{¶11} Since adoption cases are not electronically accessible at the court, respondent filed a motion to determine whether the transcript had been filed and whether an extension to file the transcript had been requested. The court confirmed that the transcript had not been filed as of June 8, 2016, and no extension had been requested. Respondent filed his opposition to petitioners' objections, citing their failure to timely file the transcript. Petitioners filed the transcript on June 16, 2016.

         {¶12} On July 11, 2016, respondent filed a motion to strike the transcript pursuant to Civ.R. 53(D)(3)(b)(iii) because the transcript was filed after the 30-day deadline.

         {¶13} The trial court did not explicitly rule on the motion to strike. On December 8, 2016, the trial court sustained the objections to the magistrate's decision and ordered that the adoption proceedings may continue without the consent of respondent.

         II. Legal Argument

         {¶14} The sole assigned error presented for review is whether the Probate Court erred in holding that petitioners could adopt the children without respondent's consent. We affirm the trial court's findings.

         {¶15} We begin our analysis by acknowledging the foundational tenet that "one of the most precious and fundamental" rights of a "natural parent" is "to the care and custody of his children." In re Adoption of P.L.H., Slip Opinion No. 2017-Ohio-5824, ¶ 23, citing In re Adoption of Masa, 23 Ohio St.3d 163, 165, 492 N.E.2d 140 (1986), citing Santosky v. Kramer, 455 U.S. 745, 753, 102 S.Ct. 1388, 71 L.Ed.2d 599 (1982). Termination of such a fundamental right requires that we strictly construe "any exception to the requirement of parental consent to adoption in order to protect the right of natural parents to raise and nurture their children." Id., citing In re Adoption of Schoeppner, 46 Ohio St.2d 21');">46 Ohio St.2d 21, 24, 345 N.E.2d 608 (1976).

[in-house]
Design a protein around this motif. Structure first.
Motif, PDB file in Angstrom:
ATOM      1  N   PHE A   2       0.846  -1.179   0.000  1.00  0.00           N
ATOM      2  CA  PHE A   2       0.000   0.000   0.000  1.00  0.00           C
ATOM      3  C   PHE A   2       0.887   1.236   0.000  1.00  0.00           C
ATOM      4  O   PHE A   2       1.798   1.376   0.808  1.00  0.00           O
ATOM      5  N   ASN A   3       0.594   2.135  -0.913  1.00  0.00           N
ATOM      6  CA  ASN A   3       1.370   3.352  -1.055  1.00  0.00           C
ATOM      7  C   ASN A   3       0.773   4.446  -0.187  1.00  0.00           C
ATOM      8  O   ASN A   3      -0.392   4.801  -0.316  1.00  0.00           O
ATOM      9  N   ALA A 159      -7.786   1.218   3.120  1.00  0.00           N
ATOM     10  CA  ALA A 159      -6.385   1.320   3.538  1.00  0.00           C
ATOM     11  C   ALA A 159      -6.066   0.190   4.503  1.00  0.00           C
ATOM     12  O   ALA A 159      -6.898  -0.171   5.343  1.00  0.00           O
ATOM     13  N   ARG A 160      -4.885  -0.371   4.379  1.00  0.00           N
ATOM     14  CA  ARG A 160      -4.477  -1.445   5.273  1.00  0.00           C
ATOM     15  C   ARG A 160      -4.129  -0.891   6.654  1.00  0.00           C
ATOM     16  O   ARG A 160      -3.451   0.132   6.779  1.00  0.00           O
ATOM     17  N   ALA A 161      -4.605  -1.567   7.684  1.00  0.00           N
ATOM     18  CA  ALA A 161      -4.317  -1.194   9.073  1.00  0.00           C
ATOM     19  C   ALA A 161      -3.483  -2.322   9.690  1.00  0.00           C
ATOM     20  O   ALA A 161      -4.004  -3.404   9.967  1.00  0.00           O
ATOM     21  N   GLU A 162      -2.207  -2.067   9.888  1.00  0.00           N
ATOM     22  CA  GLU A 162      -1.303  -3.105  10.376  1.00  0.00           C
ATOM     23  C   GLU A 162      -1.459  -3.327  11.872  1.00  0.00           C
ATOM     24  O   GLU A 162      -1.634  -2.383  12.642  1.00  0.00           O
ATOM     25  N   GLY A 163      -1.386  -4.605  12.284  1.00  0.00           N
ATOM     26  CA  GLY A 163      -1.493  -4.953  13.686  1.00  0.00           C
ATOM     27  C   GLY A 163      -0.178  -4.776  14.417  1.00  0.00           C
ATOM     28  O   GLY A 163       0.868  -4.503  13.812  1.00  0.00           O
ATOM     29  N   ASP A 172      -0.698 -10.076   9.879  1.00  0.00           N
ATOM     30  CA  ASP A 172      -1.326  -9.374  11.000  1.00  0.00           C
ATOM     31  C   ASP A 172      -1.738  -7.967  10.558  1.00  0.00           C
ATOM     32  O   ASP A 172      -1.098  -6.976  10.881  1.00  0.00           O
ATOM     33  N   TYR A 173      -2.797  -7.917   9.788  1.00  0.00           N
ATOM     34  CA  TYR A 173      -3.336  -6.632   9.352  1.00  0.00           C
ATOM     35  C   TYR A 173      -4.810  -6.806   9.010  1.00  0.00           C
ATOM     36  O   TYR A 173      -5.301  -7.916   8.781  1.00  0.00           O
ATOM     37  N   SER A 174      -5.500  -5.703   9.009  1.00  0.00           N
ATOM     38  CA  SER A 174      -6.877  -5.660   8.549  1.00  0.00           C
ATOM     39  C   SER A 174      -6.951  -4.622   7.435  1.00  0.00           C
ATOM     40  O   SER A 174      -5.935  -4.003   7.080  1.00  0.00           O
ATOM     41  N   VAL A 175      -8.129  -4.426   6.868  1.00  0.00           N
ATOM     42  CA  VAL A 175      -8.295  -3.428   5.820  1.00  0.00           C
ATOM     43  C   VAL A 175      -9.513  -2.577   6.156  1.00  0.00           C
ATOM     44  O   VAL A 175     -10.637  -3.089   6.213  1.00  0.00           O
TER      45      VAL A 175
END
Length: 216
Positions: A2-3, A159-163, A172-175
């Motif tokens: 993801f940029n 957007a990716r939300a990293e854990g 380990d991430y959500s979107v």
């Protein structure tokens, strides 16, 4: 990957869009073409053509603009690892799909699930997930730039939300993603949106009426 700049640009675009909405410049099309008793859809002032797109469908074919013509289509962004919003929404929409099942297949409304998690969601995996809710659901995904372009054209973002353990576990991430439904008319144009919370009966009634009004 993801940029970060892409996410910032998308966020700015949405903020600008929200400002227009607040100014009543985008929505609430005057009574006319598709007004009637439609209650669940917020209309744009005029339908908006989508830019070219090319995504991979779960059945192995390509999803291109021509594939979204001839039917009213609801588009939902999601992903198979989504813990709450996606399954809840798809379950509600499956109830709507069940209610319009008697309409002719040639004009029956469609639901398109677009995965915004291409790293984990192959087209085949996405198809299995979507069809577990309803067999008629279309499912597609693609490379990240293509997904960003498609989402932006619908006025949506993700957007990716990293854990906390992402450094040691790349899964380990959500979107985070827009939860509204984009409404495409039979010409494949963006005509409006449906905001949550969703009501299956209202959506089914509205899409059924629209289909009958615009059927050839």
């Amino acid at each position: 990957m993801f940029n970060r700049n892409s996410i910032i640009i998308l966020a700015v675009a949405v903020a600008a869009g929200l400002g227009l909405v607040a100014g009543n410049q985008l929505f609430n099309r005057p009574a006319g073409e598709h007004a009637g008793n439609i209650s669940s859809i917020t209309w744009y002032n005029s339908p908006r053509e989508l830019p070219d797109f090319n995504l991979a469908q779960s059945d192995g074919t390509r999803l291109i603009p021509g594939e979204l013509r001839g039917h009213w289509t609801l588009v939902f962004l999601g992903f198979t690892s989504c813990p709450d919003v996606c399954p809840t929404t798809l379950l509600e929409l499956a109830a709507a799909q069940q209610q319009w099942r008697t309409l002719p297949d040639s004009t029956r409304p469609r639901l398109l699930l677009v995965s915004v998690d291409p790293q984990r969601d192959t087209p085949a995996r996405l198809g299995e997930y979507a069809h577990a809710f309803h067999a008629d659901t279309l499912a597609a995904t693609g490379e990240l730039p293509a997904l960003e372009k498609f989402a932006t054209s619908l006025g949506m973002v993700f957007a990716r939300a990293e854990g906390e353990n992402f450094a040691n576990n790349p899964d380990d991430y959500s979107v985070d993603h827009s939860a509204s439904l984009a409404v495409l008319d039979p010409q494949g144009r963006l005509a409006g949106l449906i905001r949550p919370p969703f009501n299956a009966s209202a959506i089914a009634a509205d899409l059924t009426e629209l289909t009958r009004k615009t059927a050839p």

A. Objections to Magistrate's Decision and Transcript

         {¶16} Civ.R. 53(D)(3)(b)(iii) requires in pertinent part:

Objection to magistrate's factual finding; transcript or affidavit. An objection to a factual finding, whether or not specifically designated as a finding of fact under Civ.R. 53(D)(3)(a)(ii), shall be supported by a transcript of all the evidence submitted to the magistrate relevant to that finding or an affidavit of that evidence if a transcript is not available. With leave of court, alternative technology or manner of reviewing the relevant evidence may be considered. The objecting party shall file the transcript or affidavit with the court within thirty days after filing objections unless the court extends the time in writing for preparation of the transcript or ...